Aspirin was once considered a miracle drug. For over a century, people have been taking aspirin to help deal with relatively minor aches or pains, such as straining of a muscle or headaches. Aspirin is made up of acetylsalicylic acid. Acetylsalicylic acid works by keeping something called Cox-2 enzymes from working. Cox-2 enzymes produce something called prostaglandins, which are hormones that cause pain. By keeping the Cox-2 enzymes from making prostaglandins, aspirin helps to relieve pain.

Baby aspirin is generally an 81 mg dose of acetylsalicylic acid, whereas an adult aspirin is 320 mg of acetylsalicylic acid. Baby aspirin has a variety of uses, including lowering the risk of having a heart attack. Some aspirin manufacturers have even started to repackage baby aspirin, no longer referring to it as “baby” aspirin but rather as “low dose” or “low dosage” aspirin.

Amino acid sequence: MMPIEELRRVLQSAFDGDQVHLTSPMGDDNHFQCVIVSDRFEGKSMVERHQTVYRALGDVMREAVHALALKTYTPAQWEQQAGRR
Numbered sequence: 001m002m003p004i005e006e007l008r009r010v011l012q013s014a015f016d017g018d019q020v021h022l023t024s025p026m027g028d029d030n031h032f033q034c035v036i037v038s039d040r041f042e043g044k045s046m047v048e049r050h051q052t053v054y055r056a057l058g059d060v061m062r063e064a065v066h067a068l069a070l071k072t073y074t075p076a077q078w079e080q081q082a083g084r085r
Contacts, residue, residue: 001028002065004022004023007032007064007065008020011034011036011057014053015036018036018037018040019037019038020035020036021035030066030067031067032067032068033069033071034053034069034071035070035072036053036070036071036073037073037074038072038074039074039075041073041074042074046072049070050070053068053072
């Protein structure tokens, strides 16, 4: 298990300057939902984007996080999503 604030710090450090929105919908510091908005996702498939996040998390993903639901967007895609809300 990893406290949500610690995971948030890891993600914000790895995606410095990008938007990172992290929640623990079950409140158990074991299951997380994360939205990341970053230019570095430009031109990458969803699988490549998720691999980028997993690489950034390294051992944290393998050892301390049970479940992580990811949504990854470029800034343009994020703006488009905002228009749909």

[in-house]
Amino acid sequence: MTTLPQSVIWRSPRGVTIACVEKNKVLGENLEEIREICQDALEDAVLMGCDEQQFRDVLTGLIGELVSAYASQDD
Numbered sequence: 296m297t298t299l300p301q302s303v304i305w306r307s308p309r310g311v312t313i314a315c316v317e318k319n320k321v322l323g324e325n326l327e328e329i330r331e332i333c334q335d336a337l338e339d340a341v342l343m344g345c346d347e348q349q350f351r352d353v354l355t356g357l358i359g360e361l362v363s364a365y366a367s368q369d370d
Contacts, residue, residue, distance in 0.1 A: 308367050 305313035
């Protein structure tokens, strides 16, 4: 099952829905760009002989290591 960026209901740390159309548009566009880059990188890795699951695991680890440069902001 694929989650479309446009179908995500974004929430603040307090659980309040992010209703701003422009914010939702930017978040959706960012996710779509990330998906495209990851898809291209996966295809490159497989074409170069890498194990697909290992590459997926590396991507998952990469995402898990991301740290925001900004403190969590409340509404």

There is some research to suggest that taking a daily dose of baby aspirin can actually help with fertility as well. Baby aspirin helps to increase the flow of blood to the uterus. This, in turn, makes the uterine lining healthier, and helps with successful implantation. Other studies suggest that aspirin actually increases the amount of activity in your ovaries, and allows your ovaries to release multiple eggs during ovulation. Some health care providers may actually prescribe baby aspirin if you are having trouble with fertility issues.

In addition, baby aspirin acts as a blood thinner and can possibly prevent issues with blood clotting, which have been connected with miscarriage. A low dose of aspirin makes your blood platelets less sticky, which allows blood to travel more freely through the placenta to your unborn baby. Often, baby aspirin is prescribed along with Heparin, which is an anticoagulant. However, there is some conflicting research on taking baby aspirin while pregnant. If you are pregnant, you should consult with your health care provider before taking a daily regimen of baby aspirin.